Once the clump is out of the pot, I used a shovel to remove the dirt surrounding the plant and at the bottom of the plant.  See photos below.F1132580-A78F-4C09-860F-ED01FD5A5BE7

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Then I separate each plant by pulling each plant apart from the clump until all are separated from each other.  See photo below.

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The next step is to cut the leaves off each plant with the use of sharp scissors and also clip the roots with the use of sharp limb clipper.  Then remove the dead or dried leaves.

Wash the individual plants thoroughly using rubber gloves or disposable gloves to protect hands from cuts as the edge of the leaves and stalks of the plants are sharp.  Spread the cleaned plants on a dry towel.  See photo below.A2DC321E-BA6F-431F-95CA-ED46D8C0796C.jpeg

Once the plants are free of excess water from washing,  put them in a big plastic bag and place inside the fridge.  See photos below.

 

The photo on the left shows young plants which I will use as seedling for next year.  The photo on the right shows mature plants which I will use for cooking and give away to friends.

How To Clean Bitter Melon Seeds

The Video shows how to remove the gelatinous coating of Bitter Melon 
seeds.  

Part of Fall season gardening activities is gathering seeds for next planting 
season.  Some seeds are easier to collect than others as they come out dry but most
of them are coated with some gooey substance that has to be removed from the seeds.  One
of these seeds is the Bitter Melon seed.  Each seed is coated with a brightly red 
gelatinous substance.  I surmise that this substance attracts ants which eat the sweet,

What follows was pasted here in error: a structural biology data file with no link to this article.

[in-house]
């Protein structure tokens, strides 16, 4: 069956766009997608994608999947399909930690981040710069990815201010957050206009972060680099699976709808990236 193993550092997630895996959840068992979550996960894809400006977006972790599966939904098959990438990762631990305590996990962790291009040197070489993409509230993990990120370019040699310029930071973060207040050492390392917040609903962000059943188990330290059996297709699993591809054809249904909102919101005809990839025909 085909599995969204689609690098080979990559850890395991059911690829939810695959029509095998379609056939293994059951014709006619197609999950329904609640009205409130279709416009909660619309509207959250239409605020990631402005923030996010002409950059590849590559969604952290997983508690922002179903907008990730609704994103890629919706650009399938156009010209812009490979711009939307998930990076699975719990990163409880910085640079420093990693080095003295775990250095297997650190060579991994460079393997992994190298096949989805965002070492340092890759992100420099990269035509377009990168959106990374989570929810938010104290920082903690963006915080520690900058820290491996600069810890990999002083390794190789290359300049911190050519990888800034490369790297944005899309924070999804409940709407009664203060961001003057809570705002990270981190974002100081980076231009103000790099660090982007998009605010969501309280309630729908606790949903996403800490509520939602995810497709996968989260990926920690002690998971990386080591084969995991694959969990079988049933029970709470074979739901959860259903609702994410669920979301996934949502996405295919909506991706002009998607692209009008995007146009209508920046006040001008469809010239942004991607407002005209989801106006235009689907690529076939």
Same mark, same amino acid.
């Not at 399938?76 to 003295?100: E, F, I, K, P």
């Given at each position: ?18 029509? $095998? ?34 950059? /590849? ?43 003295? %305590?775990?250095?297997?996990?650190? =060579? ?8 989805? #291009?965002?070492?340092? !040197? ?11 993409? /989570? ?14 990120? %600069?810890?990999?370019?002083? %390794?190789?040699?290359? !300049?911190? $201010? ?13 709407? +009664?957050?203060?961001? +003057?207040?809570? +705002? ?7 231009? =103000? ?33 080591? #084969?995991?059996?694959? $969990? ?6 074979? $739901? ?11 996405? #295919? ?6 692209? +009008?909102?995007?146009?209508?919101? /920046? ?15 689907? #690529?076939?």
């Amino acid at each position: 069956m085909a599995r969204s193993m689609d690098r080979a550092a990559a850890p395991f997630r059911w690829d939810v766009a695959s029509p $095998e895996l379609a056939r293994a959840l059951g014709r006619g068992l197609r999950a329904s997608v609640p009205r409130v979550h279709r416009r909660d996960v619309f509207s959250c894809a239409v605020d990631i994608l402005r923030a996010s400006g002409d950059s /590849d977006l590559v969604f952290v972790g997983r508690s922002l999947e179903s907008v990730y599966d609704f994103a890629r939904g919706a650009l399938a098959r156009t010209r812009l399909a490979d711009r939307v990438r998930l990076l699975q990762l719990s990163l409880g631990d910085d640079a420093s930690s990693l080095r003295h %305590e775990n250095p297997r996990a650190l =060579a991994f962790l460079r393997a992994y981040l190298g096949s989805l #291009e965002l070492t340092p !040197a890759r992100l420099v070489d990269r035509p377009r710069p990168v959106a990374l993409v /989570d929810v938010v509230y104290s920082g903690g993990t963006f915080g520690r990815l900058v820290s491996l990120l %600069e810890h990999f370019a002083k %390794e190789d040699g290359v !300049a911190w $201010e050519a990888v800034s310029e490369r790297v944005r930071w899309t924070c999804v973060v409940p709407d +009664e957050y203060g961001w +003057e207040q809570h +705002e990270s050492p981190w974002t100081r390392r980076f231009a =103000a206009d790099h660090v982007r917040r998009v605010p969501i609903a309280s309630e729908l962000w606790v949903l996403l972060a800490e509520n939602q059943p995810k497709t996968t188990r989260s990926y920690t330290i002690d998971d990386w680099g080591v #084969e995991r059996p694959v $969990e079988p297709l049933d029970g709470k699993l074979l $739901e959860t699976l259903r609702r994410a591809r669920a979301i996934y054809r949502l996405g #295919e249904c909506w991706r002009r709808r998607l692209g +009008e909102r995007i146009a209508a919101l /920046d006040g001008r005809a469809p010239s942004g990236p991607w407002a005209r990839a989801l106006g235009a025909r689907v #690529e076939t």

mushy substance but leave the seeds alone and usually some of the seeds will sprout in the 
the coming year but very late in the season so it is best to collect the seeds instead of 
leaving them in the ground.  The seeds need to be cleaned and air dried at room temperature so
so that mildew or fungus will not harm it.  When they are very dry they can be wrapped 
in dry paper towel then placed in a plastic bag.



Lemon Grass

Since I planted Lemon Grass on my back patio, I have not noticed any gnats or mosquitoes hovering over me when I’m outside.    Maybe it’s too early to tell.  I would know more about it when the temperature drops down to a cooler one at the onset of Fall.  I’m really very pleased at how my Lemon Grasses grow so well in containers.  These are started from three single plants last winter, which I bought from an Asian grocery store.  I chose ones that have visible intact bud at the base of the plant and stuck them in a flower base half filled with water.  I kept them under flourescent light in my bathroom winter through spring.  They developed roots and leaves all through these two seasons in my bathroom and even produce pups or young plants around them.

When the weather was consistently warm this year, around May or Jun, I transplanted them to flower pots.  As you can see from the photo above that they almost fill up the pots that they are planted in.  It is very sensitive to cold weather so it has to be placed inside a garage or unused room inside my house.

WARNING:   THE LEAVES HAVE SHARP EDGE AND IT CAN CUT SKIN VERY EASILY.